On March 17th, 2023, the mentally ill in Canada will be able to qualify for medical assistance in dying (MAiD), or medical assisted suicide. This comes as a result of the passing of Bill C-7 in March of 2021, which modified the previous criteria set in place by Bill C-14, the original bill that instituted MAiD, to exclude the portion that required those seeking MAiD to have a “reasonably foreseeable” death.
After Bill C-7 passed, many disability activists bravely spoke up against the bill stating that the expansion could easily be used to exploit the disabled community (which it already has) including the mentally ill, and they were right. Let’s dive deeper to explore why.
Though I personally agree with the concept of MAiD, I do not support the recent expansion to include the mentally ill (as well as the disabled). Especially, when there are no current safeguards in place to protect those who are most vulnerable, such as the homeless, precariously housed, and/or impoverished.
The Mentally Ill and MAiD
Those living with serious mental health illnesses disproportionately live in poverty. 1 in 5 Canadians will struggle with a mental illness in a given year, and 45% of those who are homeless either have a mental illness or disability in Canada. 35% of those on the Ontario Disability Support Program (ODSP) have a diagnosed mental illness. In 2014, 23% of Canadians classified as disabled were low income and, according to the Homeless Hub, “people living with disabilities, both mental and physical, are twice as likely to live below the poverty line”. The mental illnesses that will qualify for MAiD are: bipolar disorder, post-traumatic stress disorder (PTSD), depression, schizophrenia, and personality disorders. It is unclear what other mental illnesses will qualify, as of now.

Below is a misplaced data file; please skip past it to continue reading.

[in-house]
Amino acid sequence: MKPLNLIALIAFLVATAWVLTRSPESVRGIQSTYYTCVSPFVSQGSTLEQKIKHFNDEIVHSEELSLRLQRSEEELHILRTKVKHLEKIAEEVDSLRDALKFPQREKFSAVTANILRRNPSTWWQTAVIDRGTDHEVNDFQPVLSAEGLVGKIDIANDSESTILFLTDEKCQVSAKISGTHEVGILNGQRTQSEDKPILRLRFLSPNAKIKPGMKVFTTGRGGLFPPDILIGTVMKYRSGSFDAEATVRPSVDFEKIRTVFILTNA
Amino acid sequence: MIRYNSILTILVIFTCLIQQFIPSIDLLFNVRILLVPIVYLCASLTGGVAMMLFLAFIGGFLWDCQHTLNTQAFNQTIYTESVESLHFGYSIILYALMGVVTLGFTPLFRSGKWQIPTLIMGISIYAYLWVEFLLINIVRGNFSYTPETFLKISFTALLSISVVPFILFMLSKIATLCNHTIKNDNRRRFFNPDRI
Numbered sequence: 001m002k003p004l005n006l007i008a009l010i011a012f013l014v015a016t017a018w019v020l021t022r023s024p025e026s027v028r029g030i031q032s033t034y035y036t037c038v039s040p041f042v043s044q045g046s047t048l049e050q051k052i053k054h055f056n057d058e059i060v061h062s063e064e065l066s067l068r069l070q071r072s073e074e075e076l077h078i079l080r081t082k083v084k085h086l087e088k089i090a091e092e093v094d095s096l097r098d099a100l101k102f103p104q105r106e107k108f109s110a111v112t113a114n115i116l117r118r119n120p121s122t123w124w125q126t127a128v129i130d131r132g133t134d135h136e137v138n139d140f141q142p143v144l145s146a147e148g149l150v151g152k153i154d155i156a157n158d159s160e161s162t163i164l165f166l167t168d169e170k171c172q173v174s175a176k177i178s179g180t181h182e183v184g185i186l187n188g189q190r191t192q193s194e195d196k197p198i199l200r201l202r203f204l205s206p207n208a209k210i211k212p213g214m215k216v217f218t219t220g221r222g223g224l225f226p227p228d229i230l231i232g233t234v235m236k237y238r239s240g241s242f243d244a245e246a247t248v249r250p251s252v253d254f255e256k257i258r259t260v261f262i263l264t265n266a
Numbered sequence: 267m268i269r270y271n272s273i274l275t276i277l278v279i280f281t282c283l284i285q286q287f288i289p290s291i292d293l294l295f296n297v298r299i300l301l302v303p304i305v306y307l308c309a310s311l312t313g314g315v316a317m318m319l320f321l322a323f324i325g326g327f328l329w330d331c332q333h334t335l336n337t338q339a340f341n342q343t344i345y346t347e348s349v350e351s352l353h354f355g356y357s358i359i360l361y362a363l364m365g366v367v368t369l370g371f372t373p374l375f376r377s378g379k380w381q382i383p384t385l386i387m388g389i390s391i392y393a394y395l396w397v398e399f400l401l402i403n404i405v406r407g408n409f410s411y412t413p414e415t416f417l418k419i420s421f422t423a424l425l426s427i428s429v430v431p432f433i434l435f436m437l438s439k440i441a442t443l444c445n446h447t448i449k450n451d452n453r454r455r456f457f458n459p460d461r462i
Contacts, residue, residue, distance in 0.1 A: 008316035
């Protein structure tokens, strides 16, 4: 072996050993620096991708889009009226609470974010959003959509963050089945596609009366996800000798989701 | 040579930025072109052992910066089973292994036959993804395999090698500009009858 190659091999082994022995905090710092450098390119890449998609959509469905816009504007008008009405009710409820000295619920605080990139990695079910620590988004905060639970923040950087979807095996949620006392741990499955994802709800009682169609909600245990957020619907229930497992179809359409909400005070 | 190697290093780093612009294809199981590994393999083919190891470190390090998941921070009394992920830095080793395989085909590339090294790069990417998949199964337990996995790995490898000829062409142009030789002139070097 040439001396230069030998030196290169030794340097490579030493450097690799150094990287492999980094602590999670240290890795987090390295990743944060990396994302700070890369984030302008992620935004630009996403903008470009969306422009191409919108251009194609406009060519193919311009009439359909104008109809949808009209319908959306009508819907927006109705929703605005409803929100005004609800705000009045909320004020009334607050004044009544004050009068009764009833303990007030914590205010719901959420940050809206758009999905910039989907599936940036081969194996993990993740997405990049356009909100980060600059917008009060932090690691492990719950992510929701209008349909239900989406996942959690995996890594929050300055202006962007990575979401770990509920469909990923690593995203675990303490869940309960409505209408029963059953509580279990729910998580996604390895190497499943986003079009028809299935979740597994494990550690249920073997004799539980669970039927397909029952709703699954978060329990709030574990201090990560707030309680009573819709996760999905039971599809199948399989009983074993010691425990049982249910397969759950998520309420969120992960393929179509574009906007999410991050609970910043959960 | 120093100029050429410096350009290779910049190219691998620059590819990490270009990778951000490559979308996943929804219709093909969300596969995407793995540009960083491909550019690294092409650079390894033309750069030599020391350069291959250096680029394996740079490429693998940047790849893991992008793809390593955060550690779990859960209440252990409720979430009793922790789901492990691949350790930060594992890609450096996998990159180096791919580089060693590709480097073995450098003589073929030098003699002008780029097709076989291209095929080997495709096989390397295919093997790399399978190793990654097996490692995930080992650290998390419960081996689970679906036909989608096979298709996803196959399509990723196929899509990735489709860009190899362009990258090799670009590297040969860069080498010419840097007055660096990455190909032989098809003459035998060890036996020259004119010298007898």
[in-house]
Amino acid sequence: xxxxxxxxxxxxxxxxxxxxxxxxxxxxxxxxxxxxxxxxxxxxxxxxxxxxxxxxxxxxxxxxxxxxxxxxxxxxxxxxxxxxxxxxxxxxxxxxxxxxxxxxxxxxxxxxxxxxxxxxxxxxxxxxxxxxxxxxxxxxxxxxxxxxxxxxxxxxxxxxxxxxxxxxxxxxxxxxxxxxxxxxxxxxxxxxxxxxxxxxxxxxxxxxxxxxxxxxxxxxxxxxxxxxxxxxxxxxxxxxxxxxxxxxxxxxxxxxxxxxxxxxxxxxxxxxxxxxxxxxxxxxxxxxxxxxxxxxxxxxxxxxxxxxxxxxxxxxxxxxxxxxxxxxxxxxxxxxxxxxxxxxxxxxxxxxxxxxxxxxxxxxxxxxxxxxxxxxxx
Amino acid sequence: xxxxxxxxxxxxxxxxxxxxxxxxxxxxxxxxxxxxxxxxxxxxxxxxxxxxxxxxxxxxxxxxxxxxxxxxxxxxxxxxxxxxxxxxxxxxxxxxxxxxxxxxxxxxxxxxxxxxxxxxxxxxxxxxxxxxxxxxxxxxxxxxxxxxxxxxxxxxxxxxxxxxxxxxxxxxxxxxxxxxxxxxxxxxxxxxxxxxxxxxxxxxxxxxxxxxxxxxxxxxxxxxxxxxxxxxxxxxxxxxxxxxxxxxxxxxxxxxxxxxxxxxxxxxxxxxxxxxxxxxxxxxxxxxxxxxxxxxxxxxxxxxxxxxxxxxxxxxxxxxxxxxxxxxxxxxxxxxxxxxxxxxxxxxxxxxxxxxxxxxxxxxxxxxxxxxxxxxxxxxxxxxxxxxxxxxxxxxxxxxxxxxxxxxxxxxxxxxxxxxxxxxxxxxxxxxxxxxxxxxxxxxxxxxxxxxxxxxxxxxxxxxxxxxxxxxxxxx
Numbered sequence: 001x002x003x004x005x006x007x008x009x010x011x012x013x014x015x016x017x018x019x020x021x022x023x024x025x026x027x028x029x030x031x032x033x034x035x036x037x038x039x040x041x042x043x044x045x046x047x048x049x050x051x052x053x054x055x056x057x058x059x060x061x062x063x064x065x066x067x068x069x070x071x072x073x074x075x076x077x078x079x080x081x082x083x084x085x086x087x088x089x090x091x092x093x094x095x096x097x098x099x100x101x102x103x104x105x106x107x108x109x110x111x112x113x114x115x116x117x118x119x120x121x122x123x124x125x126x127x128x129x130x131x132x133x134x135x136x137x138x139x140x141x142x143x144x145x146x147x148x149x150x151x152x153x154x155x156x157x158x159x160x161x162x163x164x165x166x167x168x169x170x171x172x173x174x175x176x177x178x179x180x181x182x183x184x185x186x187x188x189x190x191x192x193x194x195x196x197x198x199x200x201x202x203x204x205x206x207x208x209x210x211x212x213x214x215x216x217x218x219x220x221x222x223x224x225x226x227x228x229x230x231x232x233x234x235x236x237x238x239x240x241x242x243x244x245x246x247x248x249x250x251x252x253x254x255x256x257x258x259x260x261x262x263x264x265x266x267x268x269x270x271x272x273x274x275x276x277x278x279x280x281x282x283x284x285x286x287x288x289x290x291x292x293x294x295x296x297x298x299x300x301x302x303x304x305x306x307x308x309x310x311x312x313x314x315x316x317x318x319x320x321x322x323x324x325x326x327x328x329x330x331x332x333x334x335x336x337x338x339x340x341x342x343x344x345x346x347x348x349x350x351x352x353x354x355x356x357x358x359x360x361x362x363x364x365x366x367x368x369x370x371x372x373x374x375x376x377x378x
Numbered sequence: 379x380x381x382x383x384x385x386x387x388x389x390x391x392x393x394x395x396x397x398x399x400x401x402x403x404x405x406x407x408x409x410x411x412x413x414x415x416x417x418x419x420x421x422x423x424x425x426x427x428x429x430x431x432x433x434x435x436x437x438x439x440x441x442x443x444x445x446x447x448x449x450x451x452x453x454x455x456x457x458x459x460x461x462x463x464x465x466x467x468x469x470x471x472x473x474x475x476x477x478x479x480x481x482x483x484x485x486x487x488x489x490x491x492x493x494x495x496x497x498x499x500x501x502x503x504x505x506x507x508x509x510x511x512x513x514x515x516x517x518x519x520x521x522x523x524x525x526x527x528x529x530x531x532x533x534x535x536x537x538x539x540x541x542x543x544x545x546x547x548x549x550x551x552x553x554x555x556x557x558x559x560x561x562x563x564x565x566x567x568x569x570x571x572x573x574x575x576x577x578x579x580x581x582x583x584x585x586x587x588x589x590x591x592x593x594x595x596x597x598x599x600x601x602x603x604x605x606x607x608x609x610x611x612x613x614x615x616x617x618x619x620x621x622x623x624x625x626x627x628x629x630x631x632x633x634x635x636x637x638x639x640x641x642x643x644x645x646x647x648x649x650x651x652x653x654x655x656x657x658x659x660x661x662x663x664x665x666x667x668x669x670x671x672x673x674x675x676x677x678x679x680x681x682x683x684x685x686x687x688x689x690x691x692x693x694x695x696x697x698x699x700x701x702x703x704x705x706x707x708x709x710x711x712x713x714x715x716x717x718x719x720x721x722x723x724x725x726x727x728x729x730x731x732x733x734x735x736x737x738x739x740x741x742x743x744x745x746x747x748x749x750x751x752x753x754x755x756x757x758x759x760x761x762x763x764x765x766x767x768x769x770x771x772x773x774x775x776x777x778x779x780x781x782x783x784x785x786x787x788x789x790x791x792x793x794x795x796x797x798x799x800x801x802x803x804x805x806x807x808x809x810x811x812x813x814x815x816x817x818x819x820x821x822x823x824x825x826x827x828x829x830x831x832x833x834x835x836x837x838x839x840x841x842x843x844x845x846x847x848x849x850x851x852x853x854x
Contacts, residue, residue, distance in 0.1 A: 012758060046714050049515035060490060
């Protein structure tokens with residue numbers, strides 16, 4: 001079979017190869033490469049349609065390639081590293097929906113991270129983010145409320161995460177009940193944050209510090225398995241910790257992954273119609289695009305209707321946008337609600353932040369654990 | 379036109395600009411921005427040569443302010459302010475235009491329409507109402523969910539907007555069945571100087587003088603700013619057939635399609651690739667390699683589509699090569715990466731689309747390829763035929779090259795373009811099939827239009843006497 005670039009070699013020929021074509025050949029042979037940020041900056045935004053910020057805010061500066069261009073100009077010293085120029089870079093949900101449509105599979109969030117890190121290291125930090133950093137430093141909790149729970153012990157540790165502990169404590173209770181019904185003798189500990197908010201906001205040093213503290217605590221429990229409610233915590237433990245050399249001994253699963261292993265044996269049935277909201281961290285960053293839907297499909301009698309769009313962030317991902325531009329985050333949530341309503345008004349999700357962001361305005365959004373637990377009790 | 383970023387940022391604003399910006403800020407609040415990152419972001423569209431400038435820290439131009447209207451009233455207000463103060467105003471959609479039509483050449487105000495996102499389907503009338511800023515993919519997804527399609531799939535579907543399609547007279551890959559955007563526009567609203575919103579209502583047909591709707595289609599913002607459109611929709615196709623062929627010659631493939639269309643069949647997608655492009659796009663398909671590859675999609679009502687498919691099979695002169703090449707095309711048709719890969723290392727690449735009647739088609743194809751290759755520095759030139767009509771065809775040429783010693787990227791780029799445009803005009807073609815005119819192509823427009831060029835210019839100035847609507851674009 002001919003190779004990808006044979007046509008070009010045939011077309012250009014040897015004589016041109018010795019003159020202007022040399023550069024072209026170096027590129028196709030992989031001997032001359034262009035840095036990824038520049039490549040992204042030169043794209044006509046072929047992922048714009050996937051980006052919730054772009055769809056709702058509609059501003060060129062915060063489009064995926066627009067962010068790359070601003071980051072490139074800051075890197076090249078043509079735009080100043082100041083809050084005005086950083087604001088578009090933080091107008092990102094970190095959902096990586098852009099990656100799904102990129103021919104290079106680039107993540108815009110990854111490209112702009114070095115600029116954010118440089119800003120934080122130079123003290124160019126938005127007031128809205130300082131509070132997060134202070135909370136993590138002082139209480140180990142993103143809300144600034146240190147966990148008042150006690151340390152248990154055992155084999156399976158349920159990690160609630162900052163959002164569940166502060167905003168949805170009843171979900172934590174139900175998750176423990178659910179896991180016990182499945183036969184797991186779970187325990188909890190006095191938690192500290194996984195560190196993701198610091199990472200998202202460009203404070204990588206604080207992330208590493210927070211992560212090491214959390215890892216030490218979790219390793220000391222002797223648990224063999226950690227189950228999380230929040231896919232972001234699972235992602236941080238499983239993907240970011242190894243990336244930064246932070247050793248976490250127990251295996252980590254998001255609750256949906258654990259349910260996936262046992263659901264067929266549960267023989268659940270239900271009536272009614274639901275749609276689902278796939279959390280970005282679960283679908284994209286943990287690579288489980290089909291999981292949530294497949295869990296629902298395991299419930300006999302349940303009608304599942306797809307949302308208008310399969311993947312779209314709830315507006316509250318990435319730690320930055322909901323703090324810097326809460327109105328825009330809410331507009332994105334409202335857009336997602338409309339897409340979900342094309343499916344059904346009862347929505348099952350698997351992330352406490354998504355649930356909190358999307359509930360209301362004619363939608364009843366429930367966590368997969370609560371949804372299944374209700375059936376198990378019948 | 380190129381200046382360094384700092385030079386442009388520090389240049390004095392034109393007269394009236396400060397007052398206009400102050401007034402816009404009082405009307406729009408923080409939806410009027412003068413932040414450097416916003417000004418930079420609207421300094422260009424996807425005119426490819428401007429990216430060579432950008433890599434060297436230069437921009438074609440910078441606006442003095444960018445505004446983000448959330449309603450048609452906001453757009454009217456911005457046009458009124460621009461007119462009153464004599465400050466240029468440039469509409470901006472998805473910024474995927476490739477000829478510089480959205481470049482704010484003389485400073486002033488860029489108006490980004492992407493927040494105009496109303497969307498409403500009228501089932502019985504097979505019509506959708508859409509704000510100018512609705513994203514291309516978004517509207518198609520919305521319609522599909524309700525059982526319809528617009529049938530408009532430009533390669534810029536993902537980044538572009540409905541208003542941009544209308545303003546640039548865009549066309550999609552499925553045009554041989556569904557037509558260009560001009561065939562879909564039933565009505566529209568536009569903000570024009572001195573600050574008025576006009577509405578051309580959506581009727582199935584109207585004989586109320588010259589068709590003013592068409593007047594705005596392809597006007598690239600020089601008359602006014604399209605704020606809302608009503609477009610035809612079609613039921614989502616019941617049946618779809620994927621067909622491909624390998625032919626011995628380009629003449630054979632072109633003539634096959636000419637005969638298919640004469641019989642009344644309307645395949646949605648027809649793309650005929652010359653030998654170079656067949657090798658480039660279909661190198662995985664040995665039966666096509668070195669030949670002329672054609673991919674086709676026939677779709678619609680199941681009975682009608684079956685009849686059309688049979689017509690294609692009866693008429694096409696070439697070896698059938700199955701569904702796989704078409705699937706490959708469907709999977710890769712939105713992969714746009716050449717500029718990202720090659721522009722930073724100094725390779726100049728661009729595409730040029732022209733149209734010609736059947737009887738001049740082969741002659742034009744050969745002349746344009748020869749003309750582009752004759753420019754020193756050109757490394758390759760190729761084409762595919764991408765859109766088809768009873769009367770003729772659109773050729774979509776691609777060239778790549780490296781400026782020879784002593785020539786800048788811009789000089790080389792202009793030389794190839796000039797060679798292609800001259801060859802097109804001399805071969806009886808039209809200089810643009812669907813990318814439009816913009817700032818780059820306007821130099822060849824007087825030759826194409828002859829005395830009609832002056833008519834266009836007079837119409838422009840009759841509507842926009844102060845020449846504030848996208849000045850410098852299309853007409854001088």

These statistics raise red flags as cost of living struggles are often amplified by those living with mental illness or a disability. ODSP’s highest rate of income per month, in 2020, for a single person, was $1169. 1169 is less than rent in most regions of Ontario ($1027 – $1635), before even considering food, electricity, transit, and other necessities. Further, contrary to popular belief, ODSP excludes certain treatment expenses; like certain pharmaceuticals (particularly name brand) or medicinal cannabis, furthering the struggle of those on ODSP.
As a result, the current ODSP plan legislates both enforced poverty and suffering on the disabled in Ontario.Since 1 in 3 of those on ODSP have a mental illness, the mentally ill on ODSP are at a greater risk of being pressured into accepting MAiD when they can no longer afford to live with dignity.